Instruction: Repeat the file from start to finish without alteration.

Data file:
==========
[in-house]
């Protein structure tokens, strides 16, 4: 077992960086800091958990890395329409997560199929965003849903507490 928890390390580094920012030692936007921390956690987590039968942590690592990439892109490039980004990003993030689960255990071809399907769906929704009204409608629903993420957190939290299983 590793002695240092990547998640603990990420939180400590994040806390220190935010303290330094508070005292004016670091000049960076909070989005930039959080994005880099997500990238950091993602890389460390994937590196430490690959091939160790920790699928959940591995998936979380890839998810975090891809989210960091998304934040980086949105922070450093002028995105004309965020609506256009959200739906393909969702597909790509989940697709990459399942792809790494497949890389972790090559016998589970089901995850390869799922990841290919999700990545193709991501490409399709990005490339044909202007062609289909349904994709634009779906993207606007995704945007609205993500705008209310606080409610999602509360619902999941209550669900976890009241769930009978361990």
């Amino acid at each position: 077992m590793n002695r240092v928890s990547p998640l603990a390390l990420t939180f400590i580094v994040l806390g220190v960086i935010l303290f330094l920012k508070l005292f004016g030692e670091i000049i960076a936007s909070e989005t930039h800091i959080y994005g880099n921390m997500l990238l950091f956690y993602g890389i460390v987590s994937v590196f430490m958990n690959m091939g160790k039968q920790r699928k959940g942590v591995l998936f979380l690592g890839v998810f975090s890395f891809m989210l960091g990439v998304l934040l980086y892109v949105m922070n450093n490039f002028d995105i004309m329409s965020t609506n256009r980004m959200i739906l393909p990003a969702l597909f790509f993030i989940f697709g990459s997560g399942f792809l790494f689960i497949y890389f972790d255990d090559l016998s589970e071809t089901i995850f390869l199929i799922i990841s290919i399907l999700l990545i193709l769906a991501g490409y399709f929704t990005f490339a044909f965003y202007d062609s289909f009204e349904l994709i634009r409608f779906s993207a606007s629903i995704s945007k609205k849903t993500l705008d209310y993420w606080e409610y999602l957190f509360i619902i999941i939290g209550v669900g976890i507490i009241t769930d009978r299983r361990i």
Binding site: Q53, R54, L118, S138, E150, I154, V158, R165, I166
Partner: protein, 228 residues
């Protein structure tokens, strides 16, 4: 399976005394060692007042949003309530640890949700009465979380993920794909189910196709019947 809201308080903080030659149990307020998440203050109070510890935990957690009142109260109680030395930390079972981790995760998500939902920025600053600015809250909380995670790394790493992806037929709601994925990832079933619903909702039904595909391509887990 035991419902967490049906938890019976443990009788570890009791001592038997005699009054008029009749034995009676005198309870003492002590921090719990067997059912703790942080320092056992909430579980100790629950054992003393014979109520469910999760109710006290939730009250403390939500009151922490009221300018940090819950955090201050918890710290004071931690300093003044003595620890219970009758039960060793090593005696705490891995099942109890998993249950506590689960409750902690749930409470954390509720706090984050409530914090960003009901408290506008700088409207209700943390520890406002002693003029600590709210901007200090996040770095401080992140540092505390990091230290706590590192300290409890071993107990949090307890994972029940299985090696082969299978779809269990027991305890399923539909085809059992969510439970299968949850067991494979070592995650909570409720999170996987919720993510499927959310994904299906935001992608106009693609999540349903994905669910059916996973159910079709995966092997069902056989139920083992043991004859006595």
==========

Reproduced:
[in-house]
């Protein structure tokens, strides 16, 4: 077992960086800091958990890395329409997560199929965003849903507490 928890390390580094920012030692936007921390956690987590039968942590690592990439892109490039980004990003993030689960255990071809399907769906929704009204409608629903993420957190939290299983 590793002695240092990547998640603990990420939180400590994040806390220190935010303290330094508070005292004016670091000049960076909070989005930039959080994005880099997500990238950091993602890389460390994937590196430490690959091939160790920790699928959940591995998936979380890839998810975090891809989210960091998304934040980086949105922070450093002028995105004309965020609506256009959200739906393909969702597909790509989940697709990459399942792809790494497949890389972790090559016998589970089901995850390869799922990841290919999700990545193709991501490409399709990005490339044909202007062609289909349904994709634009779906993207606007995704945007609205993500705008209310606080409610999602509360619902999941209550669900976890009241769930009978361990």
């Amino acid at each position: 077992m590793n002695r240092v928890s990547p998640l603990a390390l990420t939180f400590i580094v994040l806390g220190v960086i935010l303290f330094l920012k508070l005292f004016g030692e670091i000049i960076a936007s909070e989005t930039h800091i959080y994005g880099n921390m997500l990238l950091f956690y993602g890389i460390v987590s994937v590196f430490m958990n690959m091939g160790k039968q920790r699928k959940g942590v591995l998936f979380l690592g890839v998810f975090s890395f891809m989210l960091g990439v998304l934040l980086y892109v949105m922070n450093n490039f002028d995105i004309m329409s965020t609506n256009r980004m959200i739906l393909p990003a969702l597909f790509f993030i989940f697709g990459s997560g399942f792809l790494f689960i497949y890389f972790d255990d090559l016998s589970e071809t089901i995850f390869l199929i799922i990841s290919i399907l999700l990545i193709l769906a991501g490409y399709f929704t990005f490339a044909f965003y202007d062609s289909f009204e349904l994709i634009r409608f779906s993207a606007s629903i995704s945007k609205k849903t993500l705008d209310y993420w606080e409610y999602l957190f509360i619902i999941i939290g209550v669900g976890i507490i009241t769930d009978r299983r361990i």
Binding site: Q53, R54, L118, S138, E150, I154, V158, R165, I166
Partner: protein, 228 residues
């Protein structure tokens, strides 16, 4: 399976005394060692007042949003309530640890949700009465979380993920794909189910196709019947 809201308080903080030659149990307020998440203050109070510890935990957690009142109260109680030395930390079972981790995760998500939902920025600053600015809250909380995670790394790493992806037929709601994925990832079933619903909702039904595909391509887990 035991419902967490049906938890019976443990009788570890009791001592038997005699009054008029009749034995009676005198309870003492002590921090719990067997059912703790942080320092056992909430579980100790629950054992003393014979109520469910999760109710006290939730009250403390939500009151922490009221300018940090819950955090201050918890710290004071931690300093003044003595620890219970009758039960060793090593005696705490891995099942109890998993249950506590689960409750902690749930409470954390509720706090984050409530914090960003009901408290506008700088409207209700943390520890406002002693003029600590709210901007200090996040770095401080992140540092505390990091230290706590590192300290409890071993107990949090307890994972029940299985090696082969299978779809269990027991305890399923539909085809059992969510439970299968949850067991494979070592995650909570409720999170996987919720993510499927959310994904299906935001992608106009693609999540349903994905669910059916996973159910079709995966092997069902056989139920083992043991004859006595």